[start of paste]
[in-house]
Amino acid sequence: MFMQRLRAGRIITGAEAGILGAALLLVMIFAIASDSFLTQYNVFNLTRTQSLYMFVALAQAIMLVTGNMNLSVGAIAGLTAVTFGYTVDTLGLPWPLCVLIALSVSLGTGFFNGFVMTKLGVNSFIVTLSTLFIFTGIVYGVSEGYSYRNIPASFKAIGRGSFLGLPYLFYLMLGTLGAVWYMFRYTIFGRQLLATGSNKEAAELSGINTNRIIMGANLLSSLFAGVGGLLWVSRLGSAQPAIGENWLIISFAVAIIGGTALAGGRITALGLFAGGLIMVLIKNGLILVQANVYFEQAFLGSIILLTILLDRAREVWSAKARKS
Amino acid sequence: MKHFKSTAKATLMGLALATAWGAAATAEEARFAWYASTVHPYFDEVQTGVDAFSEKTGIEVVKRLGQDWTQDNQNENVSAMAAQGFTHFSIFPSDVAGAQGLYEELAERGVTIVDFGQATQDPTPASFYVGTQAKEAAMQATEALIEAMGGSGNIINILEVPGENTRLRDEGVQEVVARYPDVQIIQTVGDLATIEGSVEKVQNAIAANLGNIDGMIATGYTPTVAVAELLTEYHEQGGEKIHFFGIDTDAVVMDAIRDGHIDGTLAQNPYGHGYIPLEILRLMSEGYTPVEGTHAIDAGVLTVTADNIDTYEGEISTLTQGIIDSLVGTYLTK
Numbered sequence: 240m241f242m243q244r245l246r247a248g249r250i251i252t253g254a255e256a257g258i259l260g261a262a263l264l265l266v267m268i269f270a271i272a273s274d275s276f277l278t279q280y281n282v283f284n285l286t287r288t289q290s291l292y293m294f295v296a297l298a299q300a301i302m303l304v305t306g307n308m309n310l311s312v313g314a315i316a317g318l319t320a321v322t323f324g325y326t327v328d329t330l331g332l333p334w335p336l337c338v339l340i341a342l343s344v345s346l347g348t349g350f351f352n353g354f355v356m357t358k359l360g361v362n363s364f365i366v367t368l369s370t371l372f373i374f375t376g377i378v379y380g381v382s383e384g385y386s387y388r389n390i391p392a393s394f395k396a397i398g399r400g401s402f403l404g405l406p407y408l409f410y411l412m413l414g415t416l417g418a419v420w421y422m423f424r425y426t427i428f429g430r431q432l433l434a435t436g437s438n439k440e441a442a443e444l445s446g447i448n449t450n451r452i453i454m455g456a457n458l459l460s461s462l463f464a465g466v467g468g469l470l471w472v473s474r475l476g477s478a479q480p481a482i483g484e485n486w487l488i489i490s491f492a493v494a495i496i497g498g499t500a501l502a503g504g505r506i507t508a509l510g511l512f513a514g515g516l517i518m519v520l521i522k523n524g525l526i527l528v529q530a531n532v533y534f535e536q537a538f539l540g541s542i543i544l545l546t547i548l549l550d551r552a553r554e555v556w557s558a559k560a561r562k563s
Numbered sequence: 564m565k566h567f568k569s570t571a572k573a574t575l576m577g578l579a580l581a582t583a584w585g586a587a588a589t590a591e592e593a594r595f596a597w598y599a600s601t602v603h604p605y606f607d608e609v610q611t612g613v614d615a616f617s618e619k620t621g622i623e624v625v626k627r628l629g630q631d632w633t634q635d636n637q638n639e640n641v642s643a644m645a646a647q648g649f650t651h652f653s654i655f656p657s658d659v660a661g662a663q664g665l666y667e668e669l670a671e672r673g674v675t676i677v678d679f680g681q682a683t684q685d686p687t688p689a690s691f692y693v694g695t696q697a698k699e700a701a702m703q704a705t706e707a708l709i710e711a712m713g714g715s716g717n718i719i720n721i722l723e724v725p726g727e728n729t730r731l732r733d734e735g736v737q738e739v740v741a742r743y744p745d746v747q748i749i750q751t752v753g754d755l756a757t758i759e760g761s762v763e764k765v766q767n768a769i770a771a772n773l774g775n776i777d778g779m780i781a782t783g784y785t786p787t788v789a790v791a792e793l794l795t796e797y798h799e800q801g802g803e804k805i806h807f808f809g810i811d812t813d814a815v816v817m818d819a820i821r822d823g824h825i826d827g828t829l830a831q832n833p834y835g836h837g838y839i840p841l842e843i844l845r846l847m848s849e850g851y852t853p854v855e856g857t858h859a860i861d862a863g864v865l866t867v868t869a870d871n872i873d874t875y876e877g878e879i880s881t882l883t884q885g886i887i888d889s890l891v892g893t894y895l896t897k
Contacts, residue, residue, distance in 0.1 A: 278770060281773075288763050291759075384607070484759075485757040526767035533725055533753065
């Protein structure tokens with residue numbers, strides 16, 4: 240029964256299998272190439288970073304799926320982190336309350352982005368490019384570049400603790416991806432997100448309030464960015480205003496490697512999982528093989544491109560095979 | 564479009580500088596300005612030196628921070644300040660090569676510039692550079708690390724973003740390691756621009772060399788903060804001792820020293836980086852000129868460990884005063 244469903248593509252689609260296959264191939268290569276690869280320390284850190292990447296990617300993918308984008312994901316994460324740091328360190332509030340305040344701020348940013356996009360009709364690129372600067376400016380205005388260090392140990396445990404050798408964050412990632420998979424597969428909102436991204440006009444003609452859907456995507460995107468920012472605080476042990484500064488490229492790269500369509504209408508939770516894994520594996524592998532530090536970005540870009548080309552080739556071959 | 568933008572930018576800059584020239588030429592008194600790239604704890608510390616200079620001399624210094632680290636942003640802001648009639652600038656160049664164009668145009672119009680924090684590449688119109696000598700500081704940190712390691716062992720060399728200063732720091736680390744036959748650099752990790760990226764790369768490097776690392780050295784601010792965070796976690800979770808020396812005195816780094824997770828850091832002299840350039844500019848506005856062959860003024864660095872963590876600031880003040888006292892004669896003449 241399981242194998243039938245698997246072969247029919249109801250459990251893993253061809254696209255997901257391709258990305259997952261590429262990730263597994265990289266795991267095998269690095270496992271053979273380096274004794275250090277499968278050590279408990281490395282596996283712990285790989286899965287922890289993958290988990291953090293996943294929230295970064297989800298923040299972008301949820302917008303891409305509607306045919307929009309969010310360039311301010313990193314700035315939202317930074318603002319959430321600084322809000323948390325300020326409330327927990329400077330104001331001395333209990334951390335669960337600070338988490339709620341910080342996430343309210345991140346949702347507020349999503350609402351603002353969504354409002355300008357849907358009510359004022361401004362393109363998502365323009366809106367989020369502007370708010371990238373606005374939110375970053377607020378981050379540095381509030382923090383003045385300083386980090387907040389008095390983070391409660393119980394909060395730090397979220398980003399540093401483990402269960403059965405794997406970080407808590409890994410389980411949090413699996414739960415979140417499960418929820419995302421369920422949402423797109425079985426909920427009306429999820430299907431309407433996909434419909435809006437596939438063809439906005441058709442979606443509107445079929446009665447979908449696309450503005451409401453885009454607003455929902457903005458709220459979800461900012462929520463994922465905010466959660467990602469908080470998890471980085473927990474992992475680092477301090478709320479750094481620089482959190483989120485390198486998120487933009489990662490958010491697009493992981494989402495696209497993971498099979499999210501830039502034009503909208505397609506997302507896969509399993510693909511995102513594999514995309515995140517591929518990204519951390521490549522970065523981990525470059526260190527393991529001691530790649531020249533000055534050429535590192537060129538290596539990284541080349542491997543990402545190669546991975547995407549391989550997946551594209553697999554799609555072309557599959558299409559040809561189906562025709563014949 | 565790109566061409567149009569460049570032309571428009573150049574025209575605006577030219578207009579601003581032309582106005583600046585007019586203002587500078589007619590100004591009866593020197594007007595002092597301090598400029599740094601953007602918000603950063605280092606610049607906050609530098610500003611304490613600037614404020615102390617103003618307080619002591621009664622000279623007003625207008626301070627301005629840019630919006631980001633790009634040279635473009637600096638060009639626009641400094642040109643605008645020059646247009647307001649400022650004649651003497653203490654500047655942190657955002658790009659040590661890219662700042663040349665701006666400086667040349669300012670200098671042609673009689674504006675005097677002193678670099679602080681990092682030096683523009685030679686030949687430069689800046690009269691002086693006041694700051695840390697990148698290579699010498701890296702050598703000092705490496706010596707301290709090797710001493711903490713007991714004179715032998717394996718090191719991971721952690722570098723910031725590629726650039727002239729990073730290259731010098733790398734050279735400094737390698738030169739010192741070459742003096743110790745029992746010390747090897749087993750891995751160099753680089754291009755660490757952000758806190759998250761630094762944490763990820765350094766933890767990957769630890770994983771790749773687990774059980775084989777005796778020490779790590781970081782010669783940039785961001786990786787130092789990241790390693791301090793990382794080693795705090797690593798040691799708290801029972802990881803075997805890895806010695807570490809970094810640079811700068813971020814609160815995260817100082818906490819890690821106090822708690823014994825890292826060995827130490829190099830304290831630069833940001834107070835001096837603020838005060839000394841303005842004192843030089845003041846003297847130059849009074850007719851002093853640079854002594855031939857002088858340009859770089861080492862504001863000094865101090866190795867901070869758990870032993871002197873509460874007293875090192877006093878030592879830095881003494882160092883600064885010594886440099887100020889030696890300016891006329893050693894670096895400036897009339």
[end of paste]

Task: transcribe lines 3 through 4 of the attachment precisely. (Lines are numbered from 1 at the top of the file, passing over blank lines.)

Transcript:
Amino acid sequence: MKHFKSTAKATLMGLALATAWGAAATAEEARFAWYASTVHPYFDEVQTGVDAFSEKTGIEVVKRLGQDWTQDNQNENVSAMAAQGFTHFSIFPSDVAGAQGLYEELAERGVTIVDFGQATQDPTPASFYVGTQAKEAAMQATEALIEAMGGSGNIINILEVPGENTRLRDEGVQEVVARYPDVQIIQTVGDLATIEGSVEKVQNAIAANLGNIDGMIATGYTPTVAVAELLTEYHEQGGEKIHFFGIDTDAVVMDAIRDGHIDGTLAQNPYGHGYIPLEILRLMSEGYTPVEGTHAIDAGVLTVTADNIDTYEGEISTLTQGIIDSLVGTYLTK
Numbered sequence: 240m241f242m243q244r245l246r247a248g249r250i251i252t253g254a255e256a257g258i259l260g261a262a263l264l265l266v267m268i269f270a271i272a273s274d275s276f277l278t279q280y281n282v283f284n285l286t287r288t289q290s291l292y293m294f295v296a297l298a299q300a301i302m303l304v305t306g307n308m309n310l311s312v313g314a315i316a317g318l319t320a321v322t323f324g325y326t327v328d329t330l331g332l333p334w335p336l337c338v339l340i341a342l343s344v345s346l347g348t349g350f351f352n353g354f355v356m357t358k359l360g361v362n363s364f365i366v367t368l369s370t371l372f373i374f375t376g377i378v379y380g381v382s383e384g385y386s387y388r389n390i391p392a393s394f395k396a397i398g399r400g401s402f403l404g405l406p407y408l409f410y411l412m413l414g415t416l417g418a419v420w421y422m423f424r425y426t427i428f429g430r431q432l433l434a435t436g437s438n439k440e441a442a443e444l445s446g447i448n449t450n451r452i453i454m455g456a457n458l459l460s461s462l463f464a465g466v467g468g469l470l471w472v473s474r475l476g477s478a479q480p481a482i483g484e485n486w487l488i489i490s491f492a493v494a495i496i497g498g499t500a501l502a503g504g505r506i507t508a509l510g511l512f513a514g515g516l517i518m519v520l521i522k523n524g525l526i527l528v529q530a531n532v533y534f535e536q537a538f539l540g541s542i543i544l545l546t547i548l549l550d551r552a553r554e555v556w557s558a559k560a561r562k563s